When you overload your resources with work, the project finish date may look good, but it's bogus, because your resources are overallocated. In other words, giving people 20 hours' worth of work a day doesn't mean they're going to do it. Resources who don't have enough work cause a whole other set of problems. Besides distracting the people who are working full out, these resources could cost money without delivering results—like the networking consultant who sits idle while your IT staff puts out the fire in the server room. The ideal workload is when you assign your resources at exactly—or as close as possible to—the amount of time they have to give.
Before you can call a schedule done, you must balance workloads so your assigned resources (people and equipment) are busy, but not burning out. The first step is recognizing the problem, and Project makes it easy to find assignment peaks and valleys.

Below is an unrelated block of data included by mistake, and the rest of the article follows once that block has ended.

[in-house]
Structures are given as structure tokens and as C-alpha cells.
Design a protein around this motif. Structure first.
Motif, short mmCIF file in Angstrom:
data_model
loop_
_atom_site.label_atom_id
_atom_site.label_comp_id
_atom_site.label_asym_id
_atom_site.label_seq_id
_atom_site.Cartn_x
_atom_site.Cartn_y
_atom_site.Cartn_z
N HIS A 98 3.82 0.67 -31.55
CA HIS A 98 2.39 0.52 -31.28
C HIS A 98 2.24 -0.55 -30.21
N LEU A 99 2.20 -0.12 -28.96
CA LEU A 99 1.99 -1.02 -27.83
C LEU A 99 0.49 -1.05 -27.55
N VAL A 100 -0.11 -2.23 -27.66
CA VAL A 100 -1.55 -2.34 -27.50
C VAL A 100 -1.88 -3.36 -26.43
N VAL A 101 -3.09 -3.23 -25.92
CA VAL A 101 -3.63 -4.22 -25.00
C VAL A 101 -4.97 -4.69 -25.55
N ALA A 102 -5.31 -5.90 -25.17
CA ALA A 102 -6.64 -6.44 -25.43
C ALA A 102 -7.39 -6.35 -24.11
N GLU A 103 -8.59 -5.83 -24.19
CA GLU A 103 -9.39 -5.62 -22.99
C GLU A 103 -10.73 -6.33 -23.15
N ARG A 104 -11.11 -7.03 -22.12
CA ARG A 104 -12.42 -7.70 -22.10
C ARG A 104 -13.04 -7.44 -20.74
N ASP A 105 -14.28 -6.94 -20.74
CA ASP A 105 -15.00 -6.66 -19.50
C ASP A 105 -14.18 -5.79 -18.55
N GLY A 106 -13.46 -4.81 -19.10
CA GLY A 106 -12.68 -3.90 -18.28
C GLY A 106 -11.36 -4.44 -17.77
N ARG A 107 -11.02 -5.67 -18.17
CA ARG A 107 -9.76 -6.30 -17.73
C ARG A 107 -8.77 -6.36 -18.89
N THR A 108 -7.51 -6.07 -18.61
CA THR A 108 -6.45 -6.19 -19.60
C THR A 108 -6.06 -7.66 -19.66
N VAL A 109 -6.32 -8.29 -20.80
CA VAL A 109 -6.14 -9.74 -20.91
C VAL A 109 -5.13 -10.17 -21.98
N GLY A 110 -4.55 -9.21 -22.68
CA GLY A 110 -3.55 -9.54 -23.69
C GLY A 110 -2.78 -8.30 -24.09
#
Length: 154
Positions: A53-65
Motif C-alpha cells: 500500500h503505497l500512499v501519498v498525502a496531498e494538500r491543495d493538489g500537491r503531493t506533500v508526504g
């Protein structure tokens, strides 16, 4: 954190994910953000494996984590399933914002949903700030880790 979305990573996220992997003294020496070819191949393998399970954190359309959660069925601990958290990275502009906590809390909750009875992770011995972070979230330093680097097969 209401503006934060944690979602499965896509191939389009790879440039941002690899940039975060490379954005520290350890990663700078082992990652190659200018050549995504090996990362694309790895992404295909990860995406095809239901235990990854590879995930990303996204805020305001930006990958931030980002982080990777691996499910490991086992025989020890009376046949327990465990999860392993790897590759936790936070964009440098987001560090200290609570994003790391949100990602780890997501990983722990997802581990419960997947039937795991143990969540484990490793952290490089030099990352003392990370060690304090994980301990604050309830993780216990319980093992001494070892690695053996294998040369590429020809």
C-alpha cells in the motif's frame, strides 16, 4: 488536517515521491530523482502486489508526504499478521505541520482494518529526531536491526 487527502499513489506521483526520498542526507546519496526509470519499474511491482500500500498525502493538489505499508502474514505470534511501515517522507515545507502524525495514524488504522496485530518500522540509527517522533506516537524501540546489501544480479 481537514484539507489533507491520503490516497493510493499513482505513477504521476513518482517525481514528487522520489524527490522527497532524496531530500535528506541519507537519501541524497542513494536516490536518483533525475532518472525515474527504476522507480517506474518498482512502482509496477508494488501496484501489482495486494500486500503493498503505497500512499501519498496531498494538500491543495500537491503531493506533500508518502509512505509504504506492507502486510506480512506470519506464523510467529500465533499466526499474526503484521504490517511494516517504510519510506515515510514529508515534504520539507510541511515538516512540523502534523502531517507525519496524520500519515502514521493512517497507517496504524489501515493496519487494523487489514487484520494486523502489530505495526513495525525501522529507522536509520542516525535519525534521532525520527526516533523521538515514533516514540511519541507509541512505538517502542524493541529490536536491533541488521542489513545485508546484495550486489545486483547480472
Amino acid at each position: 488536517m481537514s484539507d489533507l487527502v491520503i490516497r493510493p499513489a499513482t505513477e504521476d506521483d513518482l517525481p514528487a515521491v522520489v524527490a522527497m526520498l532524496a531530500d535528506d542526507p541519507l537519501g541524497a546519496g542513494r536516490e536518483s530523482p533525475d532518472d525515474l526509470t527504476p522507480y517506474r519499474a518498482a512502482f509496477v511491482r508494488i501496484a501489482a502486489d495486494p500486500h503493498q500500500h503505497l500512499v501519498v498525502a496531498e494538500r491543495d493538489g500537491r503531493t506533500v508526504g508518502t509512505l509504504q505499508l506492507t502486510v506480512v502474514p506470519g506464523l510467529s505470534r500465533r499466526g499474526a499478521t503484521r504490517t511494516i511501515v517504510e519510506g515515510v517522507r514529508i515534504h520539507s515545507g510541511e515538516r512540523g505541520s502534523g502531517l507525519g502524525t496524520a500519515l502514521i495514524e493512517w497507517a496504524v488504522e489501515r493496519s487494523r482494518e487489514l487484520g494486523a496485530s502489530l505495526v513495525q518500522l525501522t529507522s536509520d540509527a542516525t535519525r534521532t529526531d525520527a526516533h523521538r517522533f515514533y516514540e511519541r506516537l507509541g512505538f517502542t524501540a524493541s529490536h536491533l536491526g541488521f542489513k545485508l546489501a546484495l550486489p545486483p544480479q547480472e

Then, you have to correct the workload imbalances you find. Before you look for additional resources, you can try adjusting work contours (the pace at which work ramps up and down during an assignment), delaying assignments, or leveling resources (rescheduling tasks so that assigned resources aren't overallocated). Of course, you can always look for other available resources, or ask resources to work more. This section describes how to spot resource allocation issues, and several ways to fix them.
Assigning resources to tasks ...